One of England’s leading NHS Trusts has welcomed the arrival of a brand new CT scanner, as its radiology staff prepare to see hundreds of patients whose scans were postponed due to the coronavirus pandemic.
Newcastle’s Rdiology department recently installed the new Siemens SOMATOM Go CT scanner at the city centre’s Royal Victoria Infirmary – home to the specialist highly infectious diseases centre where the very first patients diagnosed with COVID-19 in the UK were treated.
Critical time as normal services are resumed
Funded by NHS England and Improvement, the new CT scanner will allow Newcastle’s radiology staff to focus specifically on diagnosing chest, abdominal and head conditions, and comes at a critical time as NHS staff gear up to greet more and more patients for clinics and tests as normal services are resumed.
“The timing of our new scanner’s arrival couldn’t be better as we work hard to ensure we can continue to provide the highest standards of patient care, whilst adhering to social distancing and enhanced cleaning regimes,” explained Graeme Hughes, senior superintendent radiographer for the Newcastle Hospitals.
“Because of the new measures, we can only offer a limited number of appointments each day. Waiting areas must allow people to sit comfortably whilst adhering to social distancing guidance, and our radiographic staff are performing enhanced cleaning of all scanning areas in between patients to make sure the equipment remains as sterile as possible.”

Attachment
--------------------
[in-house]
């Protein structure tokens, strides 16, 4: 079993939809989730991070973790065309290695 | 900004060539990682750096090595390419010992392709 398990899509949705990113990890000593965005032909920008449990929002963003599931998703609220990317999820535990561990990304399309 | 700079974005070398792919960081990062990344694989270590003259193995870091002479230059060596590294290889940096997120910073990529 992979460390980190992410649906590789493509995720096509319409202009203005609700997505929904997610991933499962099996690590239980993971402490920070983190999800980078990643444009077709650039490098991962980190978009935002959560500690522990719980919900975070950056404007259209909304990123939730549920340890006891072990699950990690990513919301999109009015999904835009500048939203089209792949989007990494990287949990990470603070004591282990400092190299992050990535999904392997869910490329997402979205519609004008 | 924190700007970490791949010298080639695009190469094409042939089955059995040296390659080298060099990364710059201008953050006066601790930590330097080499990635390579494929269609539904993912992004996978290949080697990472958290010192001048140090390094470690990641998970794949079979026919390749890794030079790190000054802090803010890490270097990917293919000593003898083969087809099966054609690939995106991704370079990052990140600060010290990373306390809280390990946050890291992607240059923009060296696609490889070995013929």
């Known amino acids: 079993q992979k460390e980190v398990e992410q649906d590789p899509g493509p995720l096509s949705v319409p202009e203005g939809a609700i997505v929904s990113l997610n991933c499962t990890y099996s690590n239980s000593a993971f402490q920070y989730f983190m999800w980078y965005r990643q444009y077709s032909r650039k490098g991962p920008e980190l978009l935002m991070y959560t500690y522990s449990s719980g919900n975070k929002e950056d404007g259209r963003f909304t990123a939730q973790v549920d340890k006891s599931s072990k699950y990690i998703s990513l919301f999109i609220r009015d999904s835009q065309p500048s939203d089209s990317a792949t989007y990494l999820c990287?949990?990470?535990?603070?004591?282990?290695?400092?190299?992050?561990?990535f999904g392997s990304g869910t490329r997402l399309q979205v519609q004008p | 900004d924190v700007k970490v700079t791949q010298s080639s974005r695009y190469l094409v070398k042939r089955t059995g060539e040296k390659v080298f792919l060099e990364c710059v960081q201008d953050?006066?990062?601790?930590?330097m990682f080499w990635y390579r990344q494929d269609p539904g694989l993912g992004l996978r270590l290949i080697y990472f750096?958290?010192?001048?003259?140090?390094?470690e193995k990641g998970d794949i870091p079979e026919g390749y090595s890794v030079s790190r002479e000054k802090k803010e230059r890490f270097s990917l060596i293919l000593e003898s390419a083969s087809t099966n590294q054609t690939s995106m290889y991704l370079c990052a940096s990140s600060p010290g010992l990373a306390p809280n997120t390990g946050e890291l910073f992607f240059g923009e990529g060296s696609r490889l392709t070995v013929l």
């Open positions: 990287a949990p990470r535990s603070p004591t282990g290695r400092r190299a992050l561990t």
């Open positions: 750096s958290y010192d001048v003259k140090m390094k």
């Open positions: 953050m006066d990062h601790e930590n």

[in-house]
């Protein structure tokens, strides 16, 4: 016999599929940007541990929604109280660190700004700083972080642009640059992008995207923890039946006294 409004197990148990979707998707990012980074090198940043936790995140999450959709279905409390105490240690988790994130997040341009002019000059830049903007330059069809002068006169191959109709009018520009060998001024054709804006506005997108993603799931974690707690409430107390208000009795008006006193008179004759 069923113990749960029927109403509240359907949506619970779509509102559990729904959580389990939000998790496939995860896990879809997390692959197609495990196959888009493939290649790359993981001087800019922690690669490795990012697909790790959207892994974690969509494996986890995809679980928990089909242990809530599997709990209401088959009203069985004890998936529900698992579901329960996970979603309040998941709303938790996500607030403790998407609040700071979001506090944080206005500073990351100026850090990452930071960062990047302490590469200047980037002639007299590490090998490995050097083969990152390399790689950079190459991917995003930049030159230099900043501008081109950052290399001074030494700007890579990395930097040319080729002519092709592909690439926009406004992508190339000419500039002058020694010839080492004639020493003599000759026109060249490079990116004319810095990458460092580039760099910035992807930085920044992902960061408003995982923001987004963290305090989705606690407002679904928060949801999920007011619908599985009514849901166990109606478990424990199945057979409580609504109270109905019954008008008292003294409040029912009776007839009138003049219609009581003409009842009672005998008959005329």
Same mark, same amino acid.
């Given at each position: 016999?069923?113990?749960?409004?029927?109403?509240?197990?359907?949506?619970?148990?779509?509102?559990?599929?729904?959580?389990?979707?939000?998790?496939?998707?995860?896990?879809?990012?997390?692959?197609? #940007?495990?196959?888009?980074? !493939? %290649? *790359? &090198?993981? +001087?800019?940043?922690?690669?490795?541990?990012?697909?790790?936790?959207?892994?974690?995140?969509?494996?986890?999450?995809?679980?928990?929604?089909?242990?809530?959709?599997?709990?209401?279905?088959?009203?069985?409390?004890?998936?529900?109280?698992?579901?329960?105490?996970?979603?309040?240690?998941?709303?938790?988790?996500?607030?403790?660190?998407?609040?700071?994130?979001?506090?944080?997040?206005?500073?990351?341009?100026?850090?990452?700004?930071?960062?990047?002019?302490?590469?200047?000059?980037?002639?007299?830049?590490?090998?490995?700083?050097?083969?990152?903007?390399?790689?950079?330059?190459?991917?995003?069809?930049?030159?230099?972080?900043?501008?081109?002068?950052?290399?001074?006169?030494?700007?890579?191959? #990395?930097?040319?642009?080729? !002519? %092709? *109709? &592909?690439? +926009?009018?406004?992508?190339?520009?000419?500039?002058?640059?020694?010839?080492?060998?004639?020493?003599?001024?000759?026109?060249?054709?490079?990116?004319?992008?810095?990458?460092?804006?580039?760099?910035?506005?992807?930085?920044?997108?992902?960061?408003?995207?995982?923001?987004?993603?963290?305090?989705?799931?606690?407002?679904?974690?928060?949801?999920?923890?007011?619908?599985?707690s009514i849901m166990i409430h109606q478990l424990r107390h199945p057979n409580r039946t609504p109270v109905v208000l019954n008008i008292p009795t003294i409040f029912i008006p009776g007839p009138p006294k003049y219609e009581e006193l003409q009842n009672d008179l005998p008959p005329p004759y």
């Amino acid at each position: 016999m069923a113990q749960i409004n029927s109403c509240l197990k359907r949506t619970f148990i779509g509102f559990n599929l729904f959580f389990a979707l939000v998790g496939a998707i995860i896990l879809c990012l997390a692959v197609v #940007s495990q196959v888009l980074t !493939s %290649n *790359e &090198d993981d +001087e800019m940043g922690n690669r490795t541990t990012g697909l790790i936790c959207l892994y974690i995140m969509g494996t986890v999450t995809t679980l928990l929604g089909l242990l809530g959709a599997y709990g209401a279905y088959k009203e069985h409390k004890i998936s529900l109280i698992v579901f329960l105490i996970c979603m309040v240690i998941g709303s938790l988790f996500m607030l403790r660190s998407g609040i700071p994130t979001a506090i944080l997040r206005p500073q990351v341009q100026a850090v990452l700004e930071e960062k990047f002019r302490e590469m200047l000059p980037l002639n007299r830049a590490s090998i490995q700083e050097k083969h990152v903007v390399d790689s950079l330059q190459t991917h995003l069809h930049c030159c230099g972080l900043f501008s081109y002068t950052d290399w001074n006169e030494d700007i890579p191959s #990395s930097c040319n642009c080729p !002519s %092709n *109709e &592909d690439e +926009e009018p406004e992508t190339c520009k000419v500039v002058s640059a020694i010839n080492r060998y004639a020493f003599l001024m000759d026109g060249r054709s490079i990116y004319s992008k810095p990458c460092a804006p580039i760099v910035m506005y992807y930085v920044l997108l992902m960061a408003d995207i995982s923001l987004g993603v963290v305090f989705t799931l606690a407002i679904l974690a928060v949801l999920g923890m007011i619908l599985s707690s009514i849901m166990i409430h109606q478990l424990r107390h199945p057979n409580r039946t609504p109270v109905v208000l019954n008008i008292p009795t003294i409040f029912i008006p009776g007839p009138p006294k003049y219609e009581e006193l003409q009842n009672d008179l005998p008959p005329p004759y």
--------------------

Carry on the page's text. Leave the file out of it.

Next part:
This new scanner is an essential addition to our diagnostic capabilities and is going to make a huge difference.Graeme Hughes, senior superintendent radiographer for the Newcastle Hospitals
Graeme added: “Whilst all of these additional efforts are essential to keep our patients and staff safe, they ultimately mean that we are unable to scan as many patients as usual. This new scanner is an essential addition to our diagnostic capabilities and is going to make a huge difference.”
Thanks to NHS England & Improvement’s innovative solution to this situation, we will soon be in a position to work incredibly flexiblyGraeme Hughes, senior superintendent radiographer for the Newcastle Hospitals
Gordon Kirkup, directorate manager for Newcastle’s radiological services continued: “Thanks to NHS England & Improvement’s innovative solution to this situation, we will soon be in a position to work incredibly flexibly, able to deal with emergency, urgent and routine scanning, as well as carving through the backlog of appointments which have inevitably built up since lockdown.
“The new CT scanner joins 6 existing CT scanners on both our hospital sites, as well as a mobile CT scanning unit at the Freeman Hospital which gives us great scope to adapt our approach to scanning patients more effectively and efficiently than ever before – extremely important as we endeavour to use all our NHS assets in the best possible way during these challenging times.”